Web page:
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16. That the Institution of Government is not a Contract

THE legislative power once well established, the next thing is to establish similarly the executive power; for this latter, which operates only by particular acts, not being of the essence of the former, is naturally separate from it. Were it possible for the Sovereign, as such, to possess the executive power, right and fact would be so confounded that no one could tell what was law and what was not; and the body politic, thus disfigured, would soon fall a prey to the violence it was instituted to prevent.

As the citizens, by the social contract, are all equal, all can prescribe what all should do, but no one has a right to demand that another shall do what he does not do himself. It is strictly this right, which is indispensable for giving the body politic life and movement, that the Sovereign, in instituting the government, confers upon the prince.

It has been held that this act of establishment was a contract between the people and the rulers it sets over itself, -- a contract in which conditions were laid down between the two parties binding the one to command and the other to obey. It will be admitted, I am sure, that this is an odd kind of contract to enter into. But let us see if this view can be upheld.

First, the supreme authority can no more be modified than it can be alienated; to limit it is to destroy it. It is absurd and contradictory for the Sovereign to set a superior over itself; to bind itself to obey a master would be to return to absolute liberty.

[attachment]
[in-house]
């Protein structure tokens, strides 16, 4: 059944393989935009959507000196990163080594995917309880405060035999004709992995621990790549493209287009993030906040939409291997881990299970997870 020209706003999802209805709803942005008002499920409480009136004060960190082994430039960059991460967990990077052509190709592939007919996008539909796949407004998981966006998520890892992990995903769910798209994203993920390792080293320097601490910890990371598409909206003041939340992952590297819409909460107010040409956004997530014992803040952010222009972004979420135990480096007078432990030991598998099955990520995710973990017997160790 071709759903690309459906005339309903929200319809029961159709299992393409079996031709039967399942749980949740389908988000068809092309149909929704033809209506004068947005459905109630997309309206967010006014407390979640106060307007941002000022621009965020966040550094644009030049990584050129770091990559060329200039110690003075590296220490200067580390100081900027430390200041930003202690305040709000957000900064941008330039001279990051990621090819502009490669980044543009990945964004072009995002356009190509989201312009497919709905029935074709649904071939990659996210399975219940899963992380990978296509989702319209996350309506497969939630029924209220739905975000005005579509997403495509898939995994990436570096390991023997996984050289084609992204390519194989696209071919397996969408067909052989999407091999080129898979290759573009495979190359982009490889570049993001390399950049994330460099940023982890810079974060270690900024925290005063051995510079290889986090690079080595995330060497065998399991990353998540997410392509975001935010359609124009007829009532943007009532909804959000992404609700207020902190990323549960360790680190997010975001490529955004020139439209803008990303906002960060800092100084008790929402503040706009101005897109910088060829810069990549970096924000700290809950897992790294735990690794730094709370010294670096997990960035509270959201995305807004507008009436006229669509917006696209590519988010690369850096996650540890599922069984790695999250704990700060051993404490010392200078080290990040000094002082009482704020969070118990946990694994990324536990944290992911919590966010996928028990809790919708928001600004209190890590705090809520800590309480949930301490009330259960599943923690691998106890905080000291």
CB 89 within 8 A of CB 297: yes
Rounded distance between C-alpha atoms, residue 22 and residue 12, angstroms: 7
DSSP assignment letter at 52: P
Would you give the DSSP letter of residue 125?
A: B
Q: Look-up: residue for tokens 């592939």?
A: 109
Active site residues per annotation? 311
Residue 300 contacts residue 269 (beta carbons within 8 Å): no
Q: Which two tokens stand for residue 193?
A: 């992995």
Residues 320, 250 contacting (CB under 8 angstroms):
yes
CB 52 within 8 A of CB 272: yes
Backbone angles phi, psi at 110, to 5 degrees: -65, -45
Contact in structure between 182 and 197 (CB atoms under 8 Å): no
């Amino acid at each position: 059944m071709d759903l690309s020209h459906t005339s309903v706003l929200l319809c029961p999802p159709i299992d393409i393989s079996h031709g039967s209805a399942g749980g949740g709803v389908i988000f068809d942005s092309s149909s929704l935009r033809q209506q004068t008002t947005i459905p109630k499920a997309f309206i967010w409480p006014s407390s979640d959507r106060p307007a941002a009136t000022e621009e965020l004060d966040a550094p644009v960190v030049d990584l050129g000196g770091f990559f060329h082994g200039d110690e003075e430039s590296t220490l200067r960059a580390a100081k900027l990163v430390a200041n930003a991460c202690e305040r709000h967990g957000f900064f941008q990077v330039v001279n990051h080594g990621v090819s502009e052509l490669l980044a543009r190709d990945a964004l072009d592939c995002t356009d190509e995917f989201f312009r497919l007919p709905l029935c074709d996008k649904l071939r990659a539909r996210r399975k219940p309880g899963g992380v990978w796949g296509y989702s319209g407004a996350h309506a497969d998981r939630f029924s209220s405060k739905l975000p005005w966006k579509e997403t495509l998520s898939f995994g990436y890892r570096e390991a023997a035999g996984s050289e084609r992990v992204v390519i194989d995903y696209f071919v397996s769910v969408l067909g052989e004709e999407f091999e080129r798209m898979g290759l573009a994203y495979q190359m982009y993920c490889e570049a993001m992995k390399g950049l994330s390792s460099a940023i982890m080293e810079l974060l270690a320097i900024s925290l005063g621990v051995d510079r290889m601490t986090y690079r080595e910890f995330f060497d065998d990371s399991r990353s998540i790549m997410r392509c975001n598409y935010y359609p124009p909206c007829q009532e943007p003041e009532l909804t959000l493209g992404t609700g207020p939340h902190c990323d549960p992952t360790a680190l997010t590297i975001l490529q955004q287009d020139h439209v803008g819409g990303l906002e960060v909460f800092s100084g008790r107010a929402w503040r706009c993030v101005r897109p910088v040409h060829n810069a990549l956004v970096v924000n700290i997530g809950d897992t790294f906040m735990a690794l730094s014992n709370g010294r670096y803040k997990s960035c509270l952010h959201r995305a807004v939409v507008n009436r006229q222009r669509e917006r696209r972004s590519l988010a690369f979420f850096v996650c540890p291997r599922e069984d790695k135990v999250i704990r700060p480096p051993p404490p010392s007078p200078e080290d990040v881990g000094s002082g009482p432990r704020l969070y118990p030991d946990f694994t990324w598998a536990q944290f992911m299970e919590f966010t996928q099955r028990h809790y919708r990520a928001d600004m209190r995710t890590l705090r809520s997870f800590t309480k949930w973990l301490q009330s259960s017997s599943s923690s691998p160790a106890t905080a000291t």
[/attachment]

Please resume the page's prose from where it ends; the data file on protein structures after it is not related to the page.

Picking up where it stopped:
Moreover, it is clear that this contract between the people and such and such persons would be a particular act; and from this is follows that it can be neither a law nor an act of Sovereignty, and that consequently it would be illegitimate.

It is plain too that the contracting parties in relation to each other would be under the law of nature alone and wholly without guarantees of their mutual undertakings, a position wholly at variance with the civil state. He who has force at his command being always in a position to control execution, it would come to the same thing if the name "contract" were given to the act of one man who said to another: "I give you all my goods, on condition that you give me back as much of them as you please."

There is only one contract in the State, and that is the act of association, which in itself excludes the existence of a second. It is impossible to conceive of any public contract that would not be a violation of the first.

Jean Jacques Rousseau

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